Bohemian Rhapsody is endearing though not a great bio-pic on Freddy Mercury

This bio-pic, troubled by production glitches right through, succeeds in making Mercury look sassy and campy without flipping his music into the conundrum of eccentricity

Bohemian Rhapsody is endearing though not a great bio-pic on Freddy Mercury
user

Subhash K Jha

Starring Rami Malek,Lucy Boynton

Directed  by Bryan Singer

Rating: ***(3 stars)

Bohemian Rhapsody  is a deeply flawed bio-pic on a deeply-flawed  thought monstrously gifted  musician-singer-composer who changed the way we looked at stadia-rock.

So how did Farrokh Bulsara become Freddy Mercury? The journey was a tumultuous one, here  in  this  decorous and faithful bio-pic strewn with self-revelations(his homosexuality, for one) and the  backstage chatter was overpowering in its power to  build Freddy’s image as a mercurial musician who inhabited a stratosphere octaves  above the rest.

This bio-pic, troubled by production glitches right through, succeeds in making Mercury look sassy and campy without flipping his music into the conundrum of eccentricity. Come to think of it, there is nothing really wrong with this bird’s eye view of life that defied  deviant deification. It ticks all the boxes in the bio-pic genre  , offends no one seriously and defends none either.

The  non-judgmental not-taking-sides attitude is also an impediment to an unfettered  easy-breathing ride. The narrative is too anxious to get it all right and to get it all into that  2 hour-space.  Every landmark Queen song gets airplay and  an elaborate  pre-explanation in the scheme of things. Every character who ever touched Freddy’s life is brought in for considering, no matter how fleeting.

Sagaciously, the onus of opening out Freddy’s sexuality has been placed on his long-term “girlfriend” Mary Austin (played with an understated lustre by Lucy Boynton), The scenes between them where she is baffled by his response to gender issues are sensitively crafted, and a far cry from the hoarse aggressive look-at-me attitude adopted for all the recording and performing portions which are clearly meant to replicate the rabble-rousing energy of Mercury’s live performances. And they succeed in grabbing us by our jowls.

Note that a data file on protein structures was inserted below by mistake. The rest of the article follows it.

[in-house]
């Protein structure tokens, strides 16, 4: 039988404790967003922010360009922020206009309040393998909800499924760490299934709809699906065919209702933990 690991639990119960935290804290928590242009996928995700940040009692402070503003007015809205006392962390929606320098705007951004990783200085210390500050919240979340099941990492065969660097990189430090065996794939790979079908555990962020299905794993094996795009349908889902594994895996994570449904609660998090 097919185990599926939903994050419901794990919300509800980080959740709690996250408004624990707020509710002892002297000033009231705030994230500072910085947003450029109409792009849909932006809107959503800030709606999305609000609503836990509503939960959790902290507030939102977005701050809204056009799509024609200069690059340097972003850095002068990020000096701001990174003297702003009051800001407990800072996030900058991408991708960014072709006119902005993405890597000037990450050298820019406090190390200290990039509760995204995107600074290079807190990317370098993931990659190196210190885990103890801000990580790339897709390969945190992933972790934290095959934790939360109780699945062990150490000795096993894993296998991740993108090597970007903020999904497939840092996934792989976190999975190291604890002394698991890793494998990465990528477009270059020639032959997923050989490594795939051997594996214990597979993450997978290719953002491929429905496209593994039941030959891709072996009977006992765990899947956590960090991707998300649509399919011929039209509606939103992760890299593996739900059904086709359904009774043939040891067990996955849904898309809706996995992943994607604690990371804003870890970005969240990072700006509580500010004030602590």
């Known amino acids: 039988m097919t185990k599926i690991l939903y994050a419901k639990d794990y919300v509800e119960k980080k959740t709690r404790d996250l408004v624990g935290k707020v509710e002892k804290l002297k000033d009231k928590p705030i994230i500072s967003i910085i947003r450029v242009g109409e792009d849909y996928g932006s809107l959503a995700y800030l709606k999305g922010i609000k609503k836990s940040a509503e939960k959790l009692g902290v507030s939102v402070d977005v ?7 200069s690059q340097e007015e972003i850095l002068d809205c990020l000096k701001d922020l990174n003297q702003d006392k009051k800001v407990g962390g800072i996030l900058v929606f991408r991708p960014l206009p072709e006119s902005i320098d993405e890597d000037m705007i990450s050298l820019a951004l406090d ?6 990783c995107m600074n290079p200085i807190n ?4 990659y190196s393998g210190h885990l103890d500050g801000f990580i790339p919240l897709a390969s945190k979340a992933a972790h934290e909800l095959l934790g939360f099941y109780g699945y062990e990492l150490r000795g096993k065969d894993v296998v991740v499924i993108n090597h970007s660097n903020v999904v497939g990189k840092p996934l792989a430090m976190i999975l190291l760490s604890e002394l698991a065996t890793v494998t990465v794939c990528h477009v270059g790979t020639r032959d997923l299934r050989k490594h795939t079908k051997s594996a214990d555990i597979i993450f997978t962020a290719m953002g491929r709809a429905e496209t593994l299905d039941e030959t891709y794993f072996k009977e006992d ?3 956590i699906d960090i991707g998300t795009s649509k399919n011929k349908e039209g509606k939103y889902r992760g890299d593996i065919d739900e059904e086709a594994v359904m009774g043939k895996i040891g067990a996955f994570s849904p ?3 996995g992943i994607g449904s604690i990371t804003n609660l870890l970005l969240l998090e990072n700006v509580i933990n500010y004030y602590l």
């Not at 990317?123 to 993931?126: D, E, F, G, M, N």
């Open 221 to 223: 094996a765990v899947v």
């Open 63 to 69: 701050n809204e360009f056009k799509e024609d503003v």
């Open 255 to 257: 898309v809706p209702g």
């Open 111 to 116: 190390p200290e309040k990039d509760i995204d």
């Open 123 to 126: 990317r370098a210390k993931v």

This brings me to this politically correct bio-pic’s central  issue. Rami Malek as Freddy Mercury is everything  you expect me to be, toothy mouth, wild hair, unisex clothes and  girlie gait….it’s all there. But then again, this is not Freddy Mercury. This is Mercury according to Malek. I recently saw this interesting Egyptian actor in the remake of Papillon and I found him employing the same camera tricks here as Mercury as he did in Papillon. Which is not really a wrong thing to do. Every actor can only take a character as far as the performing skills allow. This one just doesn’t go far enough.

For a film attempting to encapsulate a life that lived by none of the rules, this bio-pic embraces a surprisingly propah tone of storytelling. Not ready to offend  anyone, thereby reducing Freddy Mercury’s iconoclasm to a textbookish tell-all tale that tells all that we it wants to and nothing more.

Neither bohemian enough to give Freddy’s lifestory a dizzying spin nor quite  a rigorous rhapsody, at the end of it all it’s not quite ‘We Will Rock You’. But neither is it ‘Another One Bites The Dust.’ If you are a Freddy Mercury fan(which I am not) you may want to know a lot more about him than this movie is willing to tell.

Follow us: Facebook, Twitter, Google News

Join our official telegram channel (@nationalherald) and stay updated with the latest headlines